Not a member yet? Register now and get started.

lock and key

Sign in to your account.

Account Login

Forgot your password?

Prescription Drugs

Prescription Drugs

Prescription drug abuse is a serious problem in the United States. More than 15 million people in the United States have a prescription drug addiction. The total number of Americans who have problems with drugs is a little over 23 million. Therefore, prescription drug addiction makes up more than 65 percent of all drug addiction cases in the United States. Additionally, more people use prescription drugs than the combined number of people who use inhalants, cocaine, heroin and hallucinogens. Furthermore, prescription drug overdoses cause more deaths than any other drug overdoses cause.

Why Is Prescription Drug Abuse so Dangerous?

Addiction to any substance is dangerous, but prescription drug abuse is especially risky because of the addicted person’s access. Patients with certain ailments have immediate and easy access to highly addictive prescription medications. For example, a doctor may prescribe pain medication to a person who complains of chronic back pain. Such medication can cause a habit in as little as one to two weeks of time. The person with the back pain can receive more medication by claiming to have continuous or relentless back pain. Additionally, family members can get prescription drugs that are within a household by stealing them. The ease of access makes teenage addiction a high possibility.

Types of Prescription Drugs

Many types of prescription drugs exist, but not all of them have addiction potential. The most common prescription drugs to which people become addicted are opioids. Opioids are a class of painkiller medications that affect the opioid receptors in the brain. Some of the most common opiate pills are Vicodin, Percocet, OxyContin, morphine and codeine. Codeine comes in mixed pills such as Tylenol 3, and morphine comes in a pill by itself. Specialists prescribe these pills to people who are in pain. Common reasons for an opioid drug prescription are back pain, migraines, surgical pain and tooth pain.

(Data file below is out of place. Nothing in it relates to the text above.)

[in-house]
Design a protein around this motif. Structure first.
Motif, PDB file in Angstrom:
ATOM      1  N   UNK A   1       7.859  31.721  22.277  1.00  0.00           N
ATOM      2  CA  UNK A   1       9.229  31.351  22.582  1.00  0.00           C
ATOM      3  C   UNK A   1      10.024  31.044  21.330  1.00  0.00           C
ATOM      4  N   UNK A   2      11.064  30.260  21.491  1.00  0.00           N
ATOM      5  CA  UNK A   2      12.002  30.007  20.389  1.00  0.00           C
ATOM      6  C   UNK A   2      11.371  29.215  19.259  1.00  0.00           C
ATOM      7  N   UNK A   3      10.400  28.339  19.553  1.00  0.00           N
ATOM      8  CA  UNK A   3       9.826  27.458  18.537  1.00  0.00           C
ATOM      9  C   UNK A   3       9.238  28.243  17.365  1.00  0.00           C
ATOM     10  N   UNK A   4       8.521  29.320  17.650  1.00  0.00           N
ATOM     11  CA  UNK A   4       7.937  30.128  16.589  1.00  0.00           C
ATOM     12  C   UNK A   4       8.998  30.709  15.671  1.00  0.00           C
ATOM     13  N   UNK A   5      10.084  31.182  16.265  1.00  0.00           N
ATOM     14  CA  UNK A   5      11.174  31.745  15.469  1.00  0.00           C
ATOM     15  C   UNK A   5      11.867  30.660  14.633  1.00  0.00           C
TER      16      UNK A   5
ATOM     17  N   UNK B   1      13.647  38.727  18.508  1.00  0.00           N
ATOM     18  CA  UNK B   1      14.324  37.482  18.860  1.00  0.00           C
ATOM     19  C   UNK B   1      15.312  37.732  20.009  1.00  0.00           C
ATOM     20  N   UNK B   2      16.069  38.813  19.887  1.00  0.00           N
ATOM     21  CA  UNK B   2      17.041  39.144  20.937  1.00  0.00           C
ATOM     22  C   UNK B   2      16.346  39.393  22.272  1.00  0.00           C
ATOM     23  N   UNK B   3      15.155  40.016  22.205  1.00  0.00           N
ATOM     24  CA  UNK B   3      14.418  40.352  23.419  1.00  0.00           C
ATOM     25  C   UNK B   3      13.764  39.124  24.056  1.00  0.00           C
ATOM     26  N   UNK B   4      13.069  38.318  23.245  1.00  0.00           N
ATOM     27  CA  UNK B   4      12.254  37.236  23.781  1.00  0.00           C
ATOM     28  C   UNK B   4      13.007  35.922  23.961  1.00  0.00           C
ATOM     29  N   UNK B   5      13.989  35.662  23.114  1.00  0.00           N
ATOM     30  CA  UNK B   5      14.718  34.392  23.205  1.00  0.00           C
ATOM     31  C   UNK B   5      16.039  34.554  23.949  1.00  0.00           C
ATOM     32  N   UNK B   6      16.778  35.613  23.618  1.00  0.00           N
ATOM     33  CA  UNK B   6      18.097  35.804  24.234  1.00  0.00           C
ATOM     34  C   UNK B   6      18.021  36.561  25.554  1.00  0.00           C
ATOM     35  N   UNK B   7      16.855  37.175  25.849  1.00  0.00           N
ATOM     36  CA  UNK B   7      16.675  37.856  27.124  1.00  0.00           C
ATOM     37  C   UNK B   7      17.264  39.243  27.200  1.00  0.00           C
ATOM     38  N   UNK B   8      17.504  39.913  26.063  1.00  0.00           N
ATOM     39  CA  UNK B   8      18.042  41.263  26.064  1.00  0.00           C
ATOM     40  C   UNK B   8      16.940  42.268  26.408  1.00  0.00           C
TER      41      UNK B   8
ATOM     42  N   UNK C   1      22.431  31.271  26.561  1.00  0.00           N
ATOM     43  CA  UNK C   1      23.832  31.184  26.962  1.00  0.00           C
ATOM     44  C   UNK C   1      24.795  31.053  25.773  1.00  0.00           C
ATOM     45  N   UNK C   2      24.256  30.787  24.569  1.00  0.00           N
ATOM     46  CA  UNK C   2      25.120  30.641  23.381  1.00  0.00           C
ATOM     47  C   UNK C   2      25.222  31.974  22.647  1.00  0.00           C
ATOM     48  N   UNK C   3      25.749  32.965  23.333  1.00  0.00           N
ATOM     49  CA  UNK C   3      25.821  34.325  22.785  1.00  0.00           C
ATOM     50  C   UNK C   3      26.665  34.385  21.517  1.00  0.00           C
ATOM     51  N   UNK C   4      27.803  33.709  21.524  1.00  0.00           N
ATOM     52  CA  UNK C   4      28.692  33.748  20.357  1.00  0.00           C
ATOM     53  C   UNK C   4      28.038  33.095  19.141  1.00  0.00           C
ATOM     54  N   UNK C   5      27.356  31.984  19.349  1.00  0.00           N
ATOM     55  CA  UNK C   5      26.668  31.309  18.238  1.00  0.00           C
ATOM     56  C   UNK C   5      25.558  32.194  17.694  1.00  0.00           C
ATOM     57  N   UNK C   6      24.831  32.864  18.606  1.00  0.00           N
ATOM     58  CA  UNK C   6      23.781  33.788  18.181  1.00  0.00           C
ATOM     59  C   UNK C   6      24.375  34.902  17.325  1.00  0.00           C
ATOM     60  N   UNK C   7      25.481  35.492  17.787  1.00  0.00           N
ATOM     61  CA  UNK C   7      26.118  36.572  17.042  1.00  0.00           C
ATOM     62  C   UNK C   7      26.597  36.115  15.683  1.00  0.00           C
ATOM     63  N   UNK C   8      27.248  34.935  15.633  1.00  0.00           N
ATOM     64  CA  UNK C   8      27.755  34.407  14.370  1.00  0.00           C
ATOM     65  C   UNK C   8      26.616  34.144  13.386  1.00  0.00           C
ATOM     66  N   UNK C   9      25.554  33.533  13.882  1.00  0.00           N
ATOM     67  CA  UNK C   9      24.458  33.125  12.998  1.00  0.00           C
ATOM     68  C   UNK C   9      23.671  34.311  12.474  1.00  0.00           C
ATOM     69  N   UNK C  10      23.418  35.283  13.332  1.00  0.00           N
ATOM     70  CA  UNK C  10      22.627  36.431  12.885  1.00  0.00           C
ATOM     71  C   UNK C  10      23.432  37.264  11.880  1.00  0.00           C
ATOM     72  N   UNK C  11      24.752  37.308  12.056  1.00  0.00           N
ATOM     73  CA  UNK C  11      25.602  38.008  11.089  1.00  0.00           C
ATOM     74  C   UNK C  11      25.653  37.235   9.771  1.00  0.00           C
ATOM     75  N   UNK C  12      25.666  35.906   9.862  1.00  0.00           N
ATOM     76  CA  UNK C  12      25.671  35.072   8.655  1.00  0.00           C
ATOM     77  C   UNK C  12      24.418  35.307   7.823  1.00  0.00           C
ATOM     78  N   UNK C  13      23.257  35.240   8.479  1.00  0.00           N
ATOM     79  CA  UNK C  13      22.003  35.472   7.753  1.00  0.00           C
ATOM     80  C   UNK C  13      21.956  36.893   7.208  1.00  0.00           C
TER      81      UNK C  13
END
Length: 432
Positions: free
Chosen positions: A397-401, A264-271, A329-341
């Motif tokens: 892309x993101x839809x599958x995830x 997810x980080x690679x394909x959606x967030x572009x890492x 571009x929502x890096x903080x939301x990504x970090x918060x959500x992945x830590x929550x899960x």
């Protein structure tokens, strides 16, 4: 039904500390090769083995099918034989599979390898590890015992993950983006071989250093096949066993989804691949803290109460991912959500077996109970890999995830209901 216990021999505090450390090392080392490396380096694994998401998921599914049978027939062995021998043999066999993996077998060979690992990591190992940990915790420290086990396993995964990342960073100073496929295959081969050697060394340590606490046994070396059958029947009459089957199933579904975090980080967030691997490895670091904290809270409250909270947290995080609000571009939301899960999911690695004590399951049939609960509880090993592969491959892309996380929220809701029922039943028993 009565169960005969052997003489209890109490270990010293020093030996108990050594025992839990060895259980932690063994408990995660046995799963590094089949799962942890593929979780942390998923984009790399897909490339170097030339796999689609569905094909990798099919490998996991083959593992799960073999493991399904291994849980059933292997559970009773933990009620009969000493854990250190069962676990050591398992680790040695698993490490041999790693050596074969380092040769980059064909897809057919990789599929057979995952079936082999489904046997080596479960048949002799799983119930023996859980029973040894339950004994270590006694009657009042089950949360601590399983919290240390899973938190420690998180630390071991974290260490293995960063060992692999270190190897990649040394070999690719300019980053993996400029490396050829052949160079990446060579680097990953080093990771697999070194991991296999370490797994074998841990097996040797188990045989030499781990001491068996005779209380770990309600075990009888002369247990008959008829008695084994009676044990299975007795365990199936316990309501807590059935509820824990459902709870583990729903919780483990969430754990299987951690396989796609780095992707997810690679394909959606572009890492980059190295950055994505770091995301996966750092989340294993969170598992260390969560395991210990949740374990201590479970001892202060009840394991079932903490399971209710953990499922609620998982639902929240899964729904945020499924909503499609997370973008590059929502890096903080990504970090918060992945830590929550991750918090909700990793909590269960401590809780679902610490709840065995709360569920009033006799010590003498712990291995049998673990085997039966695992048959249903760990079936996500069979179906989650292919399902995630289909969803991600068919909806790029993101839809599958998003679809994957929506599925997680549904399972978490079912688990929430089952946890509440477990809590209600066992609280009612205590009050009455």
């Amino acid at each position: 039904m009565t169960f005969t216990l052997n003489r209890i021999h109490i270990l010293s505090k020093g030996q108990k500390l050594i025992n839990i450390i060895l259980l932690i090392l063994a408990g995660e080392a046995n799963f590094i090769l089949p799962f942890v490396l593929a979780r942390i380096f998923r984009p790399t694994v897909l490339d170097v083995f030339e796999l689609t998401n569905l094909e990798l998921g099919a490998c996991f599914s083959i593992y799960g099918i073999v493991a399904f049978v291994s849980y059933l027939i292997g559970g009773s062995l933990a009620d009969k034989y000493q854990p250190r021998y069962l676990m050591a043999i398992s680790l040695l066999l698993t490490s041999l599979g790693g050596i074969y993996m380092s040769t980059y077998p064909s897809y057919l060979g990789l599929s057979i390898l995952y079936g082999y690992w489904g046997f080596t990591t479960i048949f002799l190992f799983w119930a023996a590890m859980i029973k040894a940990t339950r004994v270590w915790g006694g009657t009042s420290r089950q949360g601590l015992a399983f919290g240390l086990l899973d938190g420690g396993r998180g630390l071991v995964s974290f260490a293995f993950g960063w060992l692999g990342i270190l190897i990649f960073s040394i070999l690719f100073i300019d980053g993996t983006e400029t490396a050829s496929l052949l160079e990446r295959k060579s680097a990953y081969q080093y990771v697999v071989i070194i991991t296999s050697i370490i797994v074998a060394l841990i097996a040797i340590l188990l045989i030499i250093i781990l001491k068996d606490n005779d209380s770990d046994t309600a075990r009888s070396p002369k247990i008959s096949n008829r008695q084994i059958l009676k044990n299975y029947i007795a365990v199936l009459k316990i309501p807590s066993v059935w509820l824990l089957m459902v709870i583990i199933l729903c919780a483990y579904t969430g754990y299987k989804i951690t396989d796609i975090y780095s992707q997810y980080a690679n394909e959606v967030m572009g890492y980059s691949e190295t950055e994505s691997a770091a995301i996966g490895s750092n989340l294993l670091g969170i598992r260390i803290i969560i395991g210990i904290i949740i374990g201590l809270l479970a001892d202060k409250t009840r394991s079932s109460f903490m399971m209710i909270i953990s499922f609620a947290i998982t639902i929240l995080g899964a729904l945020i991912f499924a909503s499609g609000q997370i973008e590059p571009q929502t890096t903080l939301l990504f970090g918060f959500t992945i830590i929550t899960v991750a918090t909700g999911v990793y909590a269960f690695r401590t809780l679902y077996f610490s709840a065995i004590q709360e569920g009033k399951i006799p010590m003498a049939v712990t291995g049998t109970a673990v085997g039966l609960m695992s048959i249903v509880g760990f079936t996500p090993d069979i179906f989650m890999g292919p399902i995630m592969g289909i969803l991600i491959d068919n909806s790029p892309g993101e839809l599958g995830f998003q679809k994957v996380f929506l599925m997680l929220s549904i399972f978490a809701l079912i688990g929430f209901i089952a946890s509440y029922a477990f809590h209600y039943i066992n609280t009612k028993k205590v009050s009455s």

• Benzodiazepines are other prescription drugs that are highly addictive. Some popular brand names of benzodiazepines are Xanax, Ativan and Klonopin. Doctors prescribe these drugs for a wide variety of reasons such as anxiety disorders, sleep problems, convulsions and alcohol withdrawal. Benzodiazepines are not as addictive as opiate pills are, but they are extremely dangerous. In fact, an addicted person who tries to stop taking benzodiazepines on his or her own may have convulsions or seizures. Benzodiazepines are easier to purchase on the street because they cost much less than opiates cost. The average illegal opiate pill costs $5 to $30, while a benzodiazepine costs $2 to $5.
  • Muscle relaxants are another class of prescription drugs to which people may become addicted. Examples of muscle relaxants are Soma and Flexeril. A doctor may prescribe a muscle relaxant to a person that has chronic back spasms and pain. Some muscle relaxants have slightly euphoric or tranquilizing effects that may be desirable to a person.
  • Antidepressants are drugs that doctors prescribe to people who have depression problems. These individuals may have deficits of serotonin or other brain chemicals. Examples of antidepressants that a doctor may prescribe are Celexa, Zoloft, Paxil and Wellbutrin. Such pills can cause addiction because of the positive changes that they cause in the brain. Some people report that they feel happier than they have ever felt in their life on antidepressants. Addiction to antidepressants is less common than addiction to the aforementioned pill types.

Signs of Addiction

Prescription drug addiction usually causes fierce physical side effects. These side effects are one of the first signs that a person uses to identify addiction. Nausea, vomiting, muscle cramps, diarrhea, sweating and trembling are some common physical signs of prescription drug addiction. The addiction could cause psychological problems such as depression, irritability and anxiety, as well. Some prescription drug withdrawals are life threatening, and they require the assistance of a professional.

Inpatient: The Best Type of Treatment

Inpatient treatment is the best type of treatment for prescription drug addiction. Prescription drug addiction is an addiction that requires an extensive multi-tiered treatment approach. Additionally, an addicted person needs to be in a safe environment that excludes negative social circles. An inpatient facility can provide the aforementioned services.

Finding a Facility for Prescription Drug Addiction

Getting help from a specialized facility requires only a phone call. Finding the right facility requires a bit of research. An interested friend or family member can locate a rehabilitation facility using a number of methods. The most common methods are help hotlines, doctors’ referrals, insurance company representatives and online searches. A prospective patient will want to visit a facility first to gauge its cleanliness, staff size, resources and customer service practices. A good rule-of-thumb practice is to examine at least three facilities before choosing one. The facility with the most positive aspects and the most tools for recovery should prevail.